All local authorities are required to gather information in relation to the condition of their housing stock for business planning purposes. One of the key drivers of the HRA Business Plan is an independent stock condition survey, which should be reviewed every 3 years in order to provide a robust, up to date, externally verified assessment of the condition of the stock.
Whilst this survey includes the costs associated with improving and maintaining the Non–Traditional Housing Stock, it does not report on the structural stability of this stock, whether they can be economically refurbished to ensure a 30 year life or whether other options for this stock should be considered e.g. disposal or demolition.
In order to ensure that the assumptions around the Non–Traditional Housing Stock within the Business Plan are accurate, Members approved a detailed visual and intrusive investigation of a 10% sample of the relevant stock in April 2013. The purpose of this investigation was to include an assessment of the building structure, its condition and to advise on the extent and cost of structural refurbishment to ensure a minimum future life of 30 years.
This report provides an update on the findings of this investigation.
THE STRUCTURAL SURVEY OF THE NON-TRADITIONAL STOCK
This survey was procured at the same time as a Stock Condition and Asbestos Survey of the entire housing stock through the Professional Services Hub (a Public Sector Procurement Framework) to which Chesterfield Borough Council are members.
These surveys were carried out by Savills, a firm of Chartered Surveyors and will be the subject of a separate report.
Savills directly appointed Curtins, a firm of structural and civil engineers on behalf of the Council to undertake the structural survey of the non-traditional housing stock. The survey was carried out during March / April 2014.
Chesterfield Borough Council own 1,893 properties of non-traditional construction, however for the purpose of this survey it was agreed that the Wimpey No Fines Properties e.g. properties at Grangewood (1280 properties) would be excluded from the survey as their construction means that their lifecycle, structural and maintenance requirements are no different from traditional built properties.
Non-traditional properties which have previously benefitted from investment in external cladding and a structural survey e.g. properties at White City, Brimington (265 properties) were also excluded from the survey. Therefore for the purposes of the Structural Survey Report a total of 348 properties were covered and have been analysed by type, which can be broken down by precast concrete, steel framed and timber framed as follows;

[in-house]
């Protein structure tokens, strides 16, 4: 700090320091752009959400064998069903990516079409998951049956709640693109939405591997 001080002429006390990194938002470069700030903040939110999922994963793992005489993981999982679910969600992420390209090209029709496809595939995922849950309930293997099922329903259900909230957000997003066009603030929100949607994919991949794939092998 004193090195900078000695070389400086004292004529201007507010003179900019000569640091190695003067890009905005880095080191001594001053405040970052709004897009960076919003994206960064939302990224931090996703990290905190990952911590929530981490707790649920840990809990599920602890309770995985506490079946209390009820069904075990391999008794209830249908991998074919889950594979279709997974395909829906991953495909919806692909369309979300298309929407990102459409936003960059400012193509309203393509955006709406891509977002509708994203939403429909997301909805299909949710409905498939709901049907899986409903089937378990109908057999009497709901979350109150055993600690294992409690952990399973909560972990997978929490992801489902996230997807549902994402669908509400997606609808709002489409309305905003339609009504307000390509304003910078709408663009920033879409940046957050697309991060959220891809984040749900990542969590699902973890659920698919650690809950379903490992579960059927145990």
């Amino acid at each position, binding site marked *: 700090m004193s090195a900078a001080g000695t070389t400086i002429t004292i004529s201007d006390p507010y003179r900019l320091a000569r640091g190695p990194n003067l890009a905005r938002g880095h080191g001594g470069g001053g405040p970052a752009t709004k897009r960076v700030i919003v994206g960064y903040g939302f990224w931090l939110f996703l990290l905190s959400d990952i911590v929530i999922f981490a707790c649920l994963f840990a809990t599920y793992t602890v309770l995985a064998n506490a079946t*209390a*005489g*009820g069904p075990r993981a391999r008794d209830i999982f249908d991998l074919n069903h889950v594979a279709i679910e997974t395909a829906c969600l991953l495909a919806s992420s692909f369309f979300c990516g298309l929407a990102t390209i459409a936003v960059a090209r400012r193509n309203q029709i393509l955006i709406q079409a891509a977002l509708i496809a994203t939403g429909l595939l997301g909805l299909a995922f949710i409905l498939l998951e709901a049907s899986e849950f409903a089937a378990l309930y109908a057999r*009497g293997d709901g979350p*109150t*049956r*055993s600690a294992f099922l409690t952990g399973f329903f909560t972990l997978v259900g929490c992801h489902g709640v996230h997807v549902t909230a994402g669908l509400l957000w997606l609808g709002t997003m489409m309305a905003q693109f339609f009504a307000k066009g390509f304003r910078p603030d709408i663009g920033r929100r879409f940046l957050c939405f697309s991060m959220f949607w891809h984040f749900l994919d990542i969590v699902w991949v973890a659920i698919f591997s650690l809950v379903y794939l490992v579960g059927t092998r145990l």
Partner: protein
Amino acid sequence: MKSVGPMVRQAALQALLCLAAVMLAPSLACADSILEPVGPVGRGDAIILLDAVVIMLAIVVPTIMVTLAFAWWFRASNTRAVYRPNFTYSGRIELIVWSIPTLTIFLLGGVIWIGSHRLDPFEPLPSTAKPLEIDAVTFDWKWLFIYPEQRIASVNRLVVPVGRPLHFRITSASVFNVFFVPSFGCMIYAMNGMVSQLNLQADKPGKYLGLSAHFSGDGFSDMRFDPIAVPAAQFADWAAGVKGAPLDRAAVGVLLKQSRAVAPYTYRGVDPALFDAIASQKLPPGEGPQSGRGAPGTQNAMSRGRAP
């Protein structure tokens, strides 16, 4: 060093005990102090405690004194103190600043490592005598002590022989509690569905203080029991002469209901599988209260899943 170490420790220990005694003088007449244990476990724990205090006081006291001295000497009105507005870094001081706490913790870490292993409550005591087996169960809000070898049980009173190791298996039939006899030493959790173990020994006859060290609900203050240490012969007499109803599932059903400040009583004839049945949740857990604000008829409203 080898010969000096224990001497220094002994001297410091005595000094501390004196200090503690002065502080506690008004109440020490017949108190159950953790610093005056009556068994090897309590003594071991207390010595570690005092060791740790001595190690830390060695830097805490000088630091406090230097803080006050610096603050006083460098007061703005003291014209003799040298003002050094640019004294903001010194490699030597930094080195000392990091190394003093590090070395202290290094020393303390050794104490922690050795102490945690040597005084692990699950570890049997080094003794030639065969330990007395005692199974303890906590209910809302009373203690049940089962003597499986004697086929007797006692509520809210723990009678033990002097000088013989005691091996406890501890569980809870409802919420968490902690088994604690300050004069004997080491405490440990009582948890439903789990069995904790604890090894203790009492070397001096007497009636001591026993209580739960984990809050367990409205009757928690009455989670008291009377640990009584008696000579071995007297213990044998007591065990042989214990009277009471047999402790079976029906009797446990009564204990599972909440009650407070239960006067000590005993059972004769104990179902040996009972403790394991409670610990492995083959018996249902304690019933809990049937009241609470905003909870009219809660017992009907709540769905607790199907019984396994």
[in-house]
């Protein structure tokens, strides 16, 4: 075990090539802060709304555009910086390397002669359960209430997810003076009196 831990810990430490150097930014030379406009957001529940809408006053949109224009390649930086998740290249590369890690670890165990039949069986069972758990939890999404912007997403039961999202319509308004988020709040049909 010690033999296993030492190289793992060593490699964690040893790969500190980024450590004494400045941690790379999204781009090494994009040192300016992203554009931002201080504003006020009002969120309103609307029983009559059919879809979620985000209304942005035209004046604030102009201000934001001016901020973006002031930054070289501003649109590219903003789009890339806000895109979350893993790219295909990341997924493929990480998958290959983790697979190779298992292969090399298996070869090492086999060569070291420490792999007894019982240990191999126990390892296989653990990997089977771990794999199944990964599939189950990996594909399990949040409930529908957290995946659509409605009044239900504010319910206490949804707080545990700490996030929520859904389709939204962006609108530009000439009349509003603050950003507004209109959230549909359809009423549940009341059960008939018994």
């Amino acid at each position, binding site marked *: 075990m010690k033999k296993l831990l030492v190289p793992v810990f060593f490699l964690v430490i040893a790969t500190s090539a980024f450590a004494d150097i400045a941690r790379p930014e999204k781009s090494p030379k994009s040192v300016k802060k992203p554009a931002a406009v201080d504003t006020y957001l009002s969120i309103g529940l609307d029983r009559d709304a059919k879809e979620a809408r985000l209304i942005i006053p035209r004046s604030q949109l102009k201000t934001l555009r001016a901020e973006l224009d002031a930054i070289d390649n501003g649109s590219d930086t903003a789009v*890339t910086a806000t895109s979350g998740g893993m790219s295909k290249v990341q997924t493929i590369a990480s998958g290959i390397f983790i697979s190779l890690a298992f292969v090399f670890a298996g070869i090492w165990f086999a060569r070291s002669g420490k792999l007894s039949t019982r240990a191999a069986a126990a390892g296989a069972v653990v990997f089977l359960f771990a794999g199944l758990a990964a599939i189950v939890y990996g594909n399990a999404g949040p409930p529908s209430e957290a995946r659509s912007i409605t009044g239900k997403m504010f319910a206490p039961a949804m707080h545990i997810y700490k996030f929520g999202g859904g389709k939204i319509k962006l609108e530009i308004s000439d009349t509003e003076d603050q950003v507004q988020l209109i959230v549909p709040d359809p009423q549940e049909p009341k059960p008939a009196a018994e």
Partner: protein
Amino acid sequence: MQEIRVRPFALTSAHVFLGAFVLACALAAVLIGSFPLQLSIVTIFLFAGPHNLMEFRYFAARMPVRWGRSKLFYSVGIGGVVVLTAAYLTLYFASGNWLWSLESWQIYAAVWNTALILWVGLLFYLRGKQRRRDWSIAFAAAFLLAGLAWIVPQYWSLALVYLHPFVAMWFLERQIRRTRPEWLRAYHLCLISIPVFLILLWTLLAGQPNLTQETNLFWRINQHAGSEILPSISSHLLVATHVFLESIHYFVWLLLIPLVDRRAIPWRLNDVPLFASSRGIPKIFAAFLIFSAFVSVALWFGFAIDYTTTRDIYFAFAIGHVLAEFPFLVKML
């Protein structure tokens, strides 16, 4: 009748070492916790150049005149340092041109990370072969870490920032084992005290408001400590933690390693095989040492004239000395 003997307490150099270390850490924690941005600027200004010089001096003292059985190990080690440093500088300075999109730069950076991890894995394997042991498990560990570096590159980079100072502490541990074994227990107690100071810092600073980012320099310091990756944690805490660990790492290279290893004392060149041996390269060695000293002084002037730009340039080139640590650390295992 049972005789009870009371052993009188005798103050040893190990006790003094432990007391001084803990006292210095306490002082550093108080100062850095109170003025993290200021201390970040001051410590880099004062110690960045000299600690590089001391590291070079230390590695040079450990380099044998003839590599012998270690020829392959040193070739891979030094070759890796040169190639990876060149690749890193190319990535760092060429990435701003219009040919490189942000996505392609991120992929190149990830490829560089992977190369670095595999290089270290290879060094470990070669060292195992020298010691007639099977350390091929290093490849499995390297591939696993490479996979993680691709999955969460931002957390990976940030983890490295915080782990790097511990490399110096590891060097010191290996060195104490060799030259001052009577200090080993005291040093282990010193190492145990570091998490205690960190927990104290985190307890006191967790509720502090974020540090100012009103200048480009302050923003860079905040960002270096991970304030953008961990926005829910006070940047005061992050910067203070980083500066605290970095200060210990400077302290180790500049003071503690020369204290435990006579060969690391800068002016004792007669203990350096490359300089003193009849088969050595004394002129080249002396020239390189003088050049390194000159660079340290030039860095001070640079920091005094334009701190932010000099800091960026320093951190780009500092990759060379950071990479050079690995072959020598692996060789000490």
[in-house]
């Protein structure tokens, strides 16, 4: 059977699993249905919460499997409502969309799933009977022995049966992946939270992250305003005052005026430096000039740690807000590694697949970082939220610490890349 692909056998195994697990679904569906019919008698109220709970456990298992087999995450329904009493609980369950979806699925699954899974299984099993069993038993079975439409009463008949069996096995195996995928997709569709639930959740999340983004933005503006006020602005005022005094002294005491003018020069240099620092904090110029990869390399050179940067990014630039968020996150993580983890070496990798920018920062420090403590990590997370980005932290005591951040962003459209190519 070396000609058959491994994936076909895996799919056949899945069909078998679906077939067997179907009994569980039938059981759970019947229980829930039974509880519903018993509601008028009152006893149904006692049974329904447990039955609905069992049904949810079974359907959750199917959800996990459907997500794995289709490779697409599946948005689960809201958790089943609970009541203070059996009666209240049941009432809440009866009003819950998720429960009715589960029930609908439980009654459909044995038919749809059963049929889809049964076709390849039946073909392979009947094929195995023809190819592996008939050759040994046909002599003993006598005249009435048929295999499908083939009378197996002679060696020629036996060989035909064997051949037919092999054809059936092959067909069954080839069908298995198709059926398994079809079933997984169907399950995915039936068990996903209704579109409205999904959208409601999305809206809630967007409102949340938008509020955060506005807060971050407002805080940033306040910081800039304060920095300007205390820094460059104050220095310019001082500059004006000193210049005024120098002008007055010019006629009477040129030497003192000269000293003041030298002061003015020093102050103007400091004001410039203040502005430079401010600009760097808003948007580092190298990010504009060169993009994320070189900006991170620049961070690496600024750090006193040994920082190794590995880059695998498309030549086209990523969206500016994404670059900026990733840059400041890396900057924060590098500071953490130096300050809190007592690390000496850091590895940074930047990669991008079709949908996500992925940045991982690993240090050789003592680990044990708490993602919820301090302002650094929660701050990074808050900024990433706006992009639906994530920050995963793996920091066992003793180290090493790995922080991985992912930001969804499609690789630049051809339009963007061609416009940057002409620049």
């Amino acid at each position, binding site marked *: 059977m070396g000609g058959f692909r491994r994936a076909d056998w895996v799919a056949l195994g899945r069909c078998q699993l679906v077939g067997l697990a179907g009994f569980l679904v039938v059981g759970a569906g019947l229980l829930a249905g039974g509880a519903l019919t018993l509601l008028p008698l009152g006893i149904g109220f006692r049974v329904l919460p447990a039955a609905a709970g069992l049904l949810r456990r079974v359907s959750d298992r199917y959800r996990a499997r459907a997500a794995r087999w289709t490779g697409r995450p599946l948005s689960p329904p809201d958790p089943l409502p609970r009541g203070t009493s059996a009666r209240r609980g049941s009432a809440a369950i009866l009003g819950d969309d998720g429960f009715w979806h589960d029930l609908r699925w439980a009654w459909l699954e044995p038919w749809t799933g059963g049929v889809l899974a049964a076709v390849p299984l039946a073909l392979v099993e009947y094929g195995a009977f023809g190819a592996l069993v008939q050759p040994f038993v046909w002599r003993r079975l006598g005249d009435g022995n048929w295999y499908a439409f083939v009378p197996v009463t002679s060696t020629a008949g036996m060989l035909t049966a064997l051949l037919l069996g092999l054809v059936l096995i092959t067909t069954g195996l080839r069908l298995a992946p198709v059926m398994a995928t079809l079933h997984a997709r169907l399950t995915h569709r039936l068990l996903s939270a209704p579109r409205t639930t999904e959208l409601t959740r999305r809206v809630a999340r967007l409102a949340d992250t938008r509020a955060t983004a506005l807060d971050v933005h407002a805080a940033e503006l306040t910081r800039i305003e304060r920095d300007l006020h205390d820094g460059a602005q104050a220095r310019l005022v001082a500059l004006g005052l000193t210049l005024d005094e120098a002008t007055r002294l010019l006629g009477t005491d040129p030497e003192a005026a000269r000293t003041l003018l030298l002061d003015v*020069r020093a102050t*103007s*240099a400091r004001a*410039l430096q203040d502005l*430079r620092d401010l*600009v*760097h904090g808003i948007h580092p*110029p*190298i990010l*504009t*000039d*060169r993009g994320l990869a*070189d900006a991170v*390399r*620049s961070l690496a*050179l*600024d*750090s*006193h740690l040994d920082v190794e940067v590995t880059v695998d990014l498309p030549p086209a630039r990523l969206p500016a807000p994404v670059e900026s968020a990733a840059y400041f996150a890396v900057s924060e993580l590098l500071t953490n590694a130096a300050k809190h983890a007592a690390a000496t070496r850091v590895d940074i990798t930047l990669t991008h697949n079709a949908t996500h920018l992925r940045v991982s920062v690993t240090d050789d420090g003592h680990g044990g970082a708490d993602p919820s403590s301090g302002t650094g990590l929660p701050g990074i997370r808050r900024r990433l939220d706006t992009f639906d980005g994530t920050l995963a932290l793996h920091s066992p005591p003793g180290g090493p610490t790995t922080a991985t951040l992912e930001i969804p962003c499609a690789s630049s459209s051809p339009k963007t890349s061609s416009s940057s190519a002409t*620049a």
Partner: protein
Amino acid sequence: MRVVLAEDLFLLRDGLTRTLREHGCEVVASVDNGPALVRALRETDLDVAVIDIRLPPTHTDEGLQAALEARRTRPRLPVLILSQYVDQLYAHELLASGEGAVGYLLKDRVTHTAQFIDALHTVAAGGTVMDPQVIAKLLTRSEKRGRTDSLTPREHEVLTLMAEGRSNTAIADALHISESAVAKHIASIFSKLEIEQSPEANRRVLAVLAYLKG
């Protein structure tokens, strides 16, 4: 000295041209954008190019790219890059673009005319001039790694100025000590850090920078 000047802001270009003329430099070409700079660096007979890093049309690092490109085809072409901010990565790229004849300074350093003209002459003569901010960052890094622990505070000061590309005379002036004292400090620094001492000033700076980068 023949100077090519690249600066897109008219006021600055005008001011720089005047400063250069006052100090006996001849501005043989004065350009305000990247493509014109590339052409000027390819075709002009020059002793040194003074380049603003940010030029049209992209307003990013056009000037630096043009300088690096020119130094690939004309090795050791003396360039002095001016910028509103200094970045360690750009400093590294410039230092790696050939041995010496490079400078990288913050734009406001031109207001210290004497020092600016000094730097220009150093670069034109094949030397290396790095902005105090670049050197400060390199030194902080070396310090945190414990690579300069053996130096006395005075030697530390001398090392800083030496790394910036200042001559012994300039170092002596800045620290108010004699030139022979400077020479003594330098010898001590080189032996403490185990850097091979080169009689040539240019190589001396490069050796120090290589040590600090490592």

217 (62%) of the non-traditional stock covered by the survey are designated as being ‘defective’ in terms of the Housing Defects Act 1985. A further 153 properties excluded from the survey because they have already received investment works are also classed as defective.
Curtins initially undertook a general assessment based on previous knowledge of the housing stock to establish the most appropriate sampling and inspection regime. As the survey was based on visual inspections and detailed intrusive investigations, it was not feasible to inspect every property. Therefore, a sampling regime was adopted that is considered to be representative of the stock as a whole.
The number of properties of a particular construction type selected for inspection and investigation varied dependant upon the total number of properties within that construction type and their vulnerability to defects. Also considered was their location within the Borough, as similar properties in different areas may have ‘weathered’ differently, despite being built at the same time.
The property addresses were then chosen at random, except where a particular property had been identified with a specific defect. This method was chosen rather then investigating the houses in the worst condition, as this could have resulted in a pessimistic view of the overall condition of the stock and the over estimation of repair costs. Unfortunately at the time of the survey, there were no void properties available within the stock types being surveyed and therefore no property was exposed to reveal its complete structure. Therefore there is no guarantee that the worst of the most aggressive areas of degradation have been identified during the survey.
RESULTS FROM THE STRUCTURAL SURVEY
Curtins report is attached at Appendix 1.
During the survey no significant structural cracking was found, which suggests that the foundations are performing adequately and there are no significant ground related problems. However, as identified above, as it was a sample survey and not all properties were investigated, there may be isolated incidences where there are structural defects due to ground related issues e.g. Middlecroft / Inkersall.